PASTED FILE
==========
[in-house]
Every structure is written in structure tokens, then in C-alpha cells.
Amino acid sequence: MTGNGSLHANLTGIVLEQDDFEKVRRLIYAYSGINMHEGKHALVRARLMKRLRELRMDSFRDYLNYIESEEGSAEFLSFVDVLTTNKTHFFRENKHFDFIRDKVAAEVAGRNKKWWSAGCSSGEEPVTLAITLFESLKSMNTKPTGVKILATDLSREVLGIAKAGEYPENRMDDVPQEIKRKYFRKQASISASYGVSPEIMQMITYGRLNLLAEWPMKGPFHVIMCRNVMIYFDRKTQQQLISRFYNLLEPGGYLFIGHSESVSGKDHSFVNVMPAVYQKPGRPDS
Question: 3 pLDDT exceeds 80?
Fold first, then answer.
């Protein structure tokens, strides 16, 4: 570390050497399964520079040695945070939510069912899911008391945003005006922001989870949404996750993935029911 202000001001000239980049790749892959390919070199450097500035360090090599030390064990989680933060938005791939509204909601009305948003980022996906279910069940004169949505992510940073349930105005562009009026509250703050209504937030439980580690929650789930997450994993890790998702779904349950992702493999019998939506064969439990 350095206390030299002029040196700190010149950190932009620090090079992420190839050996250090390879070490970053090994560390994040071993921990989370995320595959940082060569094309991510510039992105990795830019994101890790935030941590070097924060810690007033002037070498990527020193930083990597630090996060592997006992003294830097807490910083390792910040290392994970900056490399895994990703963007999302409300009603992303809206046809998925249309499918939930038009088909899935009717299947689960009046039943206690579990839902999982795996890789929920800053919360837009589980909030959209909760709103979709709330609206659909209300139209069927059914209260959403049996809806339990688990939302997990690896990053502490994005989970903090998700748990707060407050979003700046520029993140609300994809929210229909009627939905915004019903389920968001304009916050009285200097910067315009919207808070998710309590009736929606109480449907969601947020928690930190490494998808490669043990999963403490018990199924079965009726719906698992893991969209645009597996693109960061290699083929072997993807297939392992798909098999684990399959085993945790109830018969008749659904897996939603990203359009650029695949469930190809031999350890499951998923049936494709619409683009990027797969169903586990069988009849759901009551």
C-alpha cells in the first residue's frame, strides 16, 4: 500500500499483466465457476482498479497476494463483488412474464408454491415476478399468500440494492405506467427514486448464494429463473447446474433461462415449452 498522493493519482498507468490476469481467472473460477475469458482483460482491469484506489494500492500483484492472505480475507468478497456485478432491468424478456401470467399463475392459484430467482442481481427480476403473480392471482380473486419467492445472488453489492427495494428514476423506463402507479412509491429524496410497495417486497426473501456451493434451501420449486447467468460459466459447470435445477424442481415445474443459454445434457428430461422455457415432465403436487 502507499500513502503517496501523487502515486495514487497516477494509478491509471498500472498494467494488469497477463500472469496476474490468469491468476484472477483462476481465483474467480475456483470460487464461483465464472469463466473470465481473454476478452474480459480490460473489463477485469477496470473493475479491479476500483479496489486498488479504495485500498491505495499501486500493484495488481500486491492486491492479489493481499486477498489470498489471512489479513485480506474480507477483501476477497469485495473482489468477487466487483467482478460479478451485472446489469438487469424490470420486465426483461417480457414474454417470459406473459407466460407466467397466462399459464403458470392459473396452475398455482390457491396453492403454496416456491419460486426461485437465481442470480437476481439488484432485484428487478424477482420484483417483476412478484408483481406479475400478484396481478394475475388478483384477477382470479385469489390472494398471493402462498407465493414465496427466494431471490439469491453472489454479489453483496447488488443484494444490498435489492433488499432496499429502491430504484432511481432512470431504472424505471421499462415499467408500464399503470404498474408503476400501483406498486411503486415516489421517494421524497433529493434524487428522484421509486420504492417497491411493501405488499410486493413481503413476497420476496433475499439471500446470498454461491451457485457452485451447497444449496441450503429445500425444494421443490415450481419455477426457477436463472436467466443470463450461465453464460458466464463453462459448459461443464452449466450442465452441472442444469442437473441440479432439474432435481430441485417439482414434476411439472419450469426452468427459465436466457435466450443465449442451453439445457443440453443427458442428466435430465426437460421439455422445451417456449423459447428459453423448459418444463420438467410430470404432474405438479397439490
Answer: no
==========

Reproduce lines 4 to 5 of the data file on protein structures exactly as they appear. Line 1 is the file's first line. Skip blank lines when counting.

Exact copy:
Question: 3 pLDDT exceeds 80?
Fold first, then answer.